Re: transom and deck
› DELFTship forum › Hull modeling › transom and deck › Re: transom and deck
While it has probably been suggested before: I would suggest defining (in its own layer) a curved surface in either the horizontal or vertical orientation that has the curvature you desire and then rotating and moving it into final position. This greatly simplifies the math involved. For example, to get the values for lateral displacement (Y) for a plane of a given radius formed by rotating around the vertical (Z) you use this formula:
Yd = Rz(sin(acos(Xd/Rz)))
… Yd is transverse displacement, Xd is lengthwise displacement, and Rz is the radius rotatied around the vertical axis.
… which you can use as starting point to plug into the Web 2.0 sci calc here ( http://web2.0calc.com/ ) if you don’t have a scientific calculator of your own. The nice thing about it is that it has a memory so you can pull up the last attempt and input your new lengthwise value and then hit equals.
The last time I used this it was with a radius of 4.8333′ for a forward cabin roof line. I put my control points at 4.7333′, 4.6333′, 4.4333′, 4.2333′, 4.0333′, 3.8333′, 3.3333′, 2.8333′, and 0.8333′. This curve, combined with the point in the middle, defined in a fair surface to work with.
The math for finding the values for control points for curves based on ellipses is somewhat more involved but work more of less the same way and the above calculator is up to it.
Generally, I find that a radius equal to the width of a transom (or even less) is minimal, and can result in dramatic sweep around at the sides — all you really need is enough surface to cover the while thing. One that is half again (or more) than the width of the transom seems to yield more classic looking results. As with all things, this is a matter of personal taste. Ditto for negative camber in a swept forward transom (I think of a classic transom as aftward slope, modern sailboat transoms as forward).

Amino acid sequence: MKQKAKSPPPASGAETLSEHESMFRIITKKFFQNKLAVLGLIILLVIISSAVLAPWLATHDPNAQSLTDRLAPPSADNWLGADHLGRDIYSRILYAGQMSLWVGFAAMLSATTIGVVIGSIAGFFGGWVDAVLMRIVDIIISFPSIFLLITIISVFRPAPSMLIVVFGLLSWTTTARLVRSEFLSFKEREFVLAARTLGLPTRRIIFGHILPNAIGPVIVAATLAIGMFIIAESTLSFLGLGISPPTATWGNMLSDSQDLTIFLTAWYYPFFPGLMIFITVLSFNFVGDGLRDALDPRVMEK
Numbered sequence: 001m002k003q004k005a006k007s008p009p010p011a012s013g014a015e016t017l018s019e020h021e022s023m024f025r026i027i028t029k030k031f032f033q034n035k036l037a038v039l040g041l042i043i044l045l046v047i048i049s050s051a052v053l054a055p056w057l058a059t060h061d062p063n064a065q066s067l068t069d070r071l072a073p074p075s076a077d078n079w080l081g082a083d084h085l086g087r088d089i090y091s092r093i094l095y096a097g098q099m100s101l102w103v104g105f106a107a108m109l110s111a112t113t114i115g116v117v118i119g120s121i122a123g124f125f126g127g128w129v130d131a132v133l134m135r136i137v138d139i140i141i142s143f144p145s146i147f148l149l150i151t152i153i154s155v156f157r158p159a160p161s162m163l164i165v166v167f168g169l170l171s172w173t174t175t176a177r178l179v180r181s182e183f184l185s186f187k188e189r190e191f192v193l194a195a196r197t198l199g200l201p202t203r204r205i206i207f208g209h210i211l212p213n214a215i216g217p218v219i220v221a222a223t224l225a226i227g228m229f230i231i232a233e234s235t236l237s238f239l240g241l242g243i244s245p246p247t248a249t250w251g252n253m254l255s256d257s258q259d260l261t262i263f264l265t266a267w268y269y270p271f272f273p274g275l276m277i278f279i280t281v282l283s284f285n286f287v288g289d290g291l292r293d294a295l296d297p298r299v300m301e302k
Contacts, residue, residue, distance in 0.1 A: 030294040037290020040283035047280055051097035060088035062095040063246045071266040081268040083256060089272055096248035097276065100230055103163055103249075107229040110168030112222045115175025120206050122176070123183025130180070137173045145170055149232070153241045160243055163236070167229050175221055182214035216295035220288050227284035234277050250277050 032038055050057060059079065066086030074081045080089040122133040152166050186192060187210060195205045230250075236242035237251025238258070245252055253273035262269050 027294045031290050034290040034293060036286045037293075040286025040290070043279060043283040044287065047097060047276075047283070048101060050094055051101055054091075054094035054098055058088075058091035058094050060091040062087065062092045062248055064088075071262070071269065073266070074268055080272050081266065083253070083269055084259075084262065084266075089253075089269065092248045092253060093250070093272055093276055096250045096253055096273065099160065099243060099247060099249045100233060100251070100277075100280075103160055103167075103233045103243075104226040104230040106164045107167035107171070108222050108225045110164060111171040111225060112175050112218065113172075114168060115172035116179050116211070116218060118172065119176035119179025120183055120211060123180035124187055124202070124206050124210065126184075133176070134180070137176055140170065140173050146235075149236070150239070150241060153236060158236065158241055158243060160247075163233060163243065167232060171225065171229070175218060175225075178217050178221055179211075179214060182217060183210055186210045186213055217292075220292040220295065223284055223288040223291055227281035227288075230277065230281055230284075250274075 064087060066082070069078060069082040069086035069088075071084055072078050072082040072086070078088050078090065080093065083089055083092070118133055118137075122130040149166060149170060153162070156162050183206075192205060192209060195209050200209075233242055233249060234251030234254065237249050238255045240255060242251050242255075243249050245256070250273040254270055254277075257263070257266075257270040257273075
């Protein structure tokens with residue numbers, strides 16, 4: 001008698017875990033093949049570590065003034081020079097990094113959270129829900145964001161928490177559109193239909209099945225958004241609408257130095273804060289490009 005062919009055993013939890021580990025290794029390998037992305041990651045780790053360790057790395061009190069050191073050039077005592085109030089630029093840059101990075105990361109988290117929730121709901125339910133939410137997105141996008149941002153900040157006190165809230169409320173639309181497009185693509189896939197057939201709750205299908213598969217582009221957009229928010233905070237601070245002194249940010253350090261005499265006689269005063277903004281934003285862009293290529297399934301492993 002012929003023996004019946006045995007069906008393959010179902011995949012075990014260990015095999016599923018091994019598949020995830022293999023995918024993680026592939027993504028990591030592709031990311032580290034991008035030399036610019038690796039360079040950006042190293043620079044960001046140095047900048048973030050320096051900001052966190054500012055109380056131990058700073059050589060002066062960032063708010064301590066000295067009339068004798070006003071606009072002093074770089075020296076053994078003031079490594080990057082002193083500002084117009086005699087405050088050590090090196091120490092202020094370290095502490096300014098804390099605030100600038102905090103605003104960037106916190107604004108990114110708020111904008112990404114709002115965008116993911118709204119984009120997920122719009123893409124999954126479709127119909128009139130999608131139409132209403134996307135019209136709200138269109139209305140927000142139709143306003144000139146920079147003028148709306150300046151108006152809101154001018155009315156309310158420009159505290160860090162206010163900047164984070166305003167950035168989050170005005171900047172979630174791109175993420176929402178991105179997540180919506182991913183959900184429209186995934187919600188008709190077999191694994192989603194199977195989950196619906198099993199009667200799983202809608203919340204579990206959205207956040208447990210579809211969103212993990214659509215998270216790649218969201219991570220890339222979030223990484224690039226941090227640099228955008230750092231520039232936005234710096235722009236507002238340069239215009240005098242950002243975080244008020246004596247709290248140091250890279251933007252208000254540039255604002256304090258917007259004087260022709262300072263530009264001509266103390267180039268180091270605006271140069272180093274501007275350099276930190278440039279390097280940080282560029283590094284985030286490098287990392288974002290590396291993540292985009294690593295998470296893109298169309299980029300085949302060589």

To insure proper placement after defining the basic curved surface I would recommend first rotating said surface to its desired angle (either forward as is common today or aftward as was the norm in days gone by) and then use the values (x,y,z) of 1 control point on the centerline of your surface as the starting point to move the whole layer … matching that up to the corresponding center point on either the sheer line or the keel as desired. If you want to match points both at the sheer line and keel you’ll have to play around with the angle until it’s good enough or you just don’t want to mess with it any more.
Then find the intersection points in your transom and trim the excess. Ditto for your hull.
Naturally, I recommend saving the work in iterations in different files. That way you can back up at any time and not be committed until you want to be.
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